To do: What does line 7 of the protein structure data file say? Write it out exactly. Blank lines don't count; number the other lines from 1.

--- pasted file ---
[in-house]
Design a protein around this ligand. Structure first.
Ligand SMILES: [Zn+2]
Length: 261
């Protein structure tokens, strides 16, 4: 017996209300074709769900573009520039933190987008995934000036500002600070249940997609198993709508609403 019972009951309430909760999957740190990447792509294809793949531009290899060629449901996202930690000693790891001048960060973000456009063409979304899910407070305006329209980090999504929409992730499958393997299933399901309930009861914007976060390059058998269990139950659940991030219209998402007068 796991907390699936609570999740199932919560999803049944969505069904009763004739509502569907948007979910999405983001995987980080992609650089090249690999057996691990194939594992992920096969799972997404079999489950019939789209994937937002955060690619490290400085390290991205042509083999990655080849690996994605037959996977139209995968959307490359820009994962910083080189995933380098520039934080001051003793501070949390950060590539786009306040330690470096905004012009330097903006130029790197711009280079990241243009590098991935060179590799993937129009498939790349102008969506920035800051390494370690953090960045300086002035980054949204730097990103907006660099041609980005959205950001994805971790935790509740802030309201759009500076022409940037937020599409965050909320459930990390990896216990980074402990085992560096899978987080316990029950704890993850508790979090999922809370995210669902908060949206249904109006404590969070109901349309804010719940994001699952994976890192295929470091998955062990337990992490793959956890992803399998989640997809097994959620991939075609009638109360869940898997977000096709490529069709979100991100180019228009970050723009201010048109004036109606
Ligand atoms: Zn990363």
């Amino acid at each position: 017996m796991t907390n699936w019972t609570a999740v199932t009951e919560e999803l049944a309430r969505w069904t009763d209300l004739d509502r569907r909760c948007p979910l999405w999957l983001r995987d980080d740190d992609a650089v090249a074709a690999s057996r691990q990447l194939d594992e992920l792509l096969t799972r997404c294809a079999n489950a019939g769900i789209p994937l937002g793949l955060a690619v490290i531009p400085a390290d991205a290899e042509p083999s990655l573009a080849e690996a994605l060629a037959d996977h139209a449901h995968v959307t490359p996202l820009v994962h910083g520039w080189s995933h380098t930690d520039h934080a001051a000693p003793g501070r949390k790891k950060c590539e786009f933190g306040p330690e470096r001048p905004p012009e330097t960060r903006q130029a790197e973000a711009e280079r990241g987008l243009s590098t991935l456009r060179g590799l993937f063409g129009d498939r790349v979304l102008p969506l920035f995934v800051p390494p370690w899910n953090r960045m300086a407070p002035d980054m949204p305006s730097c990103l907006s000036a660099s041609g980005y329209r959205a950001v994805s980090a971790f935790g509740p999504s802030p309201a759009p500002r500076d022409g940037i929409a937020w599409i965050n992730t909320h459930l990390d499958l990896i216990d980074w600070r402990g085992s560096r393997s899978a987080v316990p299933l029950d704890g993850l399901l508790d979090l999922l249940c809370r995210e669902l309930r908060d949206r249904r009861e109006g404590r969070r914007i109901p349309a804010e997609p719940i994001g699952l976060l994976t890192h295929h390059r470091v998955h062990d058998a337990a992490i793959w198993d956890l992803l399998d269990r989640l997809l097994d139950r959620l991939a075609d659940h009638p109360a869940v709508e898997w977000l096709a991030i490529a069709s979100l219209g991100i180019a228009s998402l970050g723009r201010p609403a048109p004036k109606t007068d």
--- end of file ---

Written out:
């Amino acid at each position: 017996m796991t907390n699936w019972t609570a999740v199932t009951e919560e999803l049944a309430r969505w069904t009763d209300l004739d509502r569907r909760c948007p979910l999405w999957l983001r995987d980080d740190d992609a650089v090249a074709a690999s057996r691990q990447l194939d594992e992920l792509l096969t799972r997404c294809a079999n489950a019939g769900i789209p994937l937002g793949l955060a690619v490290i531009p400085a390290d991205a290899e042509p083999s990655l573009a080849e690996a994605l060629a037959d996977h139209a449901h995968v959307t490359p996202l820009v994962h910083g520039w080189s995933h380098t930690d520039h934080a001051a000693p003793g501070r949390k790891k950060c590539e786009f933190g306040p330690e470096r001048p905004p012009e330097t960060r903006q130029a790197e973000a711009e280079r990241g987008l243009s590098t991935l456009r060179g590799l993937f063409g129009d498939r790349v979304l102008p969506l920035f995934v800051p390494p370690w899910n953090r960045m300086a407070p002035d980054m949204p305006s730097c990103l907006s000036a660099s041609g980005y329209r959205a950001v994805s980090a971790f935790g509740p999504s802030p309201a759009p500002r500076d022409g940037i929409a937020w599409i965050n992730t909320h459930l990390d499958l990896i216990d980074w600070r402990g085992s560096r393997s899978a987080v316990p299933l029950d704890g993850l399901l508790d979090l999922l249940c809370r995210e669902l309930r908060d949206r249904r009861e109006g404590r969070r914007i109901p349309a804010e997609p719940i994001g699952l976060l994976t890192h295929h390059r470091v998955h062990d058998a337990a992490i793959w198993d956890l992803l399998d269990r989640l997809l097994d139950r959620l991939a075609d659940h009638p109360a869940v709508e898997w977000l096709a991030i490529a069709s979100l219209g991100i180019a228009s998402l970050g723009r201010p609403a048109p004036k109606t007068d």